Disability rights activists have renewed efforts to promote two additional increases to disability benefits, which are required by law to come into effect by 2020. Due to the lack of a stable government and therefore the lack of a new national budget, however, activists are concerned that the planned increases will be delayed. Since 2015, various organizations have launched public campaigns demanding increases in disability benefits. By 2017, road obstructions and picketing were weekly occurrences, ultimately resulting in new legislation that was passed in 2018, requiring an incremental increase to be made to disability benefits for a total of three increments. At present, only one of the three planned increments have come into effect.
Member of Knesset Ilan Gilon (Democratic Union), one of the most active MKs in this long-standing struggle, addressed Finance Committee Chairman Moshe Gafni with a request to urgently convene the Finance Committee to discuss the outline that the Ministers of Finance and Welfare are required to present on the matter of implementing the remaining two increments to disability benefits. Meanwhile, several organizations associated with the disability rights protest movement took to the streets and demonstrated, stating: "The government of Israel is dragging this out. The disabled are dying of hunger and the government is not fulfilling the law that it itself legislated."
In Knesset corridors
Addressing Gafni, Gilon wrote that “in light of the fact that there has been no functioning government for quite some time and that we have a caretaker government, there is a real danger that a completed outline which includes the extent of the additional allocations, and the increase that recipients of the disability benefits deserve, will not be presented by the end of the year. To the best of my knowledge, the interdepartmental committee that is tasked with formulating the outline of the additional allocations for increases to the benefits has met and started working, but it is not clear what progress has been made, and whether it will be able to present a completed outline by the end of the year, as required by the law.”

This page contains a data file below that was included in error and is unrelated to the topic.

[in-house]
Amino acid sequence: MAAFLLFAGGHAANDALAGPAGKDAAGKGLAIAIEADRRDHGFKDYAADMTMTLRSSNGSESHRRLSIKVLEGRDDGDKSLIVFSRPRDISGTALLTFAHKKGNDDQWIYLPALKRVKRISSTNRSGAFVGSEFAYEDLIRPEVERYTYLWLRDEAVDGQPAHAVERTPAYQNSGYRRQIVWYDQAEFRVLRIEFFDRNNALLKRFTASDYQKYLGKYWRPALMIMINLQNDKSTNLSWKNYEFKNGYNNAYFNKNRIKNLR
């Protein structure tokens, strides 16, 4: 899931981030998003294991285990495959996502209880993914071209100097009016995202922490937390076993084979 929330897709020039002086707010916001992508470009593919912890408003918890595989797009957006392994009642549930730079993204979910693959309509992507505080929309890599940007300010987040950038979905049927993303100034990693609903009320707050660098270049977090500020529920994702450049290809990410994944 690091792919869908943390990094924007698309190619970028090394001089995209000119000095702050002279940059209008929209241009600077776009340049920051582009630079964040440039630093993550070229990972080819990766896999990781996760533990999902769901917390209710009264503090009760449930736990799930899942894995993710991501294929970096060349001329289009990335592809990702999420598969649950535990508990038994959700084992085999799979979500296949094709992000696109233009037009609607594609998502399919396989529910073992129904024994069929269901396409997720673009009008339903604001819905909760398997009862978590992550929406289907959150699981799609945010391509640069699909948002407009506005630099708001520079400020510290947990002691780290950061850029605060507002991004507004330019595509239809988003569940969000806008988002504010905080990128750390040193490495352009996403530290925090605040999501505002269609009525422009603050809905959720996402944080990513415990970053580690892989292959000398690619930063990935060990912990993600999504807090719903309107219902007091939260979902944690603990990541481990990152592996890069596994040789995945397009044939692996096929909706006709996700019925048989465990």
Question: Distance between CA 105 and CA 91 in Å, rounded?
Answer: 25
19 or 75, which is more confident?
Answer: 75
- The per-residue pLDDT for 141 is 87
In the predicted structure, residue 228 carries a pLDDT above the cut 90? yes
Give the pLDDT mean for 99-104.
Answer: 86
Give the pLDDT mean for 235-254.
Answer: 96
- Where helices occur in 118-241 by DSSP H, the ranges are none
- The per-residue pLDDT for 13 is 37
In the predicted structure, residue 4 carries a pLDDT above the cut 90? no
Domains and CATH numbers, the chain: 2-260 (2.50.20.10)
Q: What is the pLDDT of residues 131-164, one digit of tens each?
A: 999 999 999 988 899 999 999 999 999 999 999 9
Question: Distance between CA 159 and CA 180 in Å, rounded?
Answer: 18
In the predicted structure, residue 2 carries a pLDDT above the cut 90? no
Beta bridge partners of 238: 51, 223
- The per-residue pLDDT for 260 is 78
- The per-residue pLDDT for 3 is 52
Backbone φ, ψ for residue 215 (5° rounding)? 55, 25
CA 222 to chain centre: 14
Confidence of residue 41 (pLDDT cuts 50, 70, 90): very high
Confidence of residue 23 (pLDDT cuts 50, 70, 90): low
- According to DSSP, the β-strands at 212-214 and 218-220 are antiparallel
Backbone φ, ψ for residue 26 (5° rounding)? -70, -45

Gilon’s request also called for the Minister of Finance and the Minister of Welfare to attend the discussion so that they would be able to update the Knesset and the public as to the progress being made by the interdepartmental committee, as well as provide some information pertaining to the additional allocations.
“I am aware that we are currently dealing with a caretaker government and I am aware of the current political crisis, but as has been said, the work of the Knesset goes on, as does the work of government ministries, and so there is no reason for an outline like this not to be presented to the Knesset by the end of the year, and to be approved.”
The legislation to increase disability benefits did not define explicitly the additional allocations for 2020 and 2021, it merely established that an interdepartmental committee would convene to decide on the extent and the means for distributing the future allocations. Disability rights activism organizations have been warning for several months that the disability benefits will not be updated, as is legally required, on account of the current political crisis. The bill that passed in early 2018 did not establish a deadline for the additional gradual increases nor determine their extent, but did establish an end goal of raising the disability benefits to no less than NIS 3,700 – a target whose implementation the Minister of Finance and the Minister of Welfare were required “to investigate.”